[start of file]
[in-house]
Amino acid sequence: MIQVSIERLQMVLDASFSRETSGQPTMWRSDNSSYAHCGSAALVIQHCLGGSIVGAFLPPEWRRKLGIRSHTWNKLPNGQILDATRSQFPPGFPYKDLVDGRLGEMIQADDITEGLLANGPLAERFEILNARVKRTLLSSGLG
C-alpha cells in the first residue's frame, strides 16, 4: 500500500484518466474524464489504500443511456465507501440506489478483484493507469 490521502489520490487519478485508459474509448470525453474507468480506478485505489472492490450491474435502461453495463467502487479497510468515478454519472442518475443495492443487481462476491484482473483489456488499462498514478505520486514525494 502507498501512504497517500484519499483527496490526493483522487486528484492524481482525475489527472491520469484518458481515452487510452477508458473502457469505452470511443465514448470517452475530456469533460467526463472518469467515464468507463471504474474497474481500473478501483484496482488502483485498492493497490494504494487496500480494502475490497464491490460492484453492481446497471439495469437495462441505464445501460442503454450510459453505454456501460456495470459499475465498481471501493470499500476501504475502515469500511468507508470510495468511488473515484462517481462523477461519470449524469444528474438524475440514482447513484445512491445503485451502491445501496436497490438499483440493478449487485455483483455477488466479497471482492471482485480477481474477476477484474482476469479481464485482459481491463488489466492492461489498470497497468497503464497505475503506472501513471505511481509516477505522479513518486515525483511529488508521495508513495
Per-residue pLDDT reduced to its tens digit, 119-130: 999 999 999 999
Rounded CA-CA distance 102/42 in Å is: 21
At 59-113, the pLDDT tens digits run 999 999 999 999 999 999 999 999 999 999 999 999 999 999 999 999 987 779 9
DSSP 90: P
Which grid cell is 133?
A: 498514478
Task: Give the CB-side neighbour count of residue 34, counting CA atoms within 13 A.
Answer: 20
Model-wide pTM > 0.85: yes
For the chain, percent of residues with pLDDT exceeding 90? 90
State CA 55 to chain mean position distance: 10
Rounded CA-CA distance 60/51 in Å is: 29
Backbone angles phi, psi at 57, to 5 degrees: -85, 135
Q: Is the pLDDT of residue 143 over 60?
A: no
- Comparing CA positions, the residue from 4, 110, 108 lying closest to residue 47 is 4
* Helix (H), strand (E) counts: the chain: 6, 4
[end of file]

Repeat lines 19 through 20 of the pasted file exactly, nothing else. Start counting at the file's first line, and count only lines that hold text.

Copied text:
- Comparing CA positions, the residue from 4, 110, 108 lying closest to residue 47 is 4
* Helix (H), strand (E) counts: the chain: 6, 4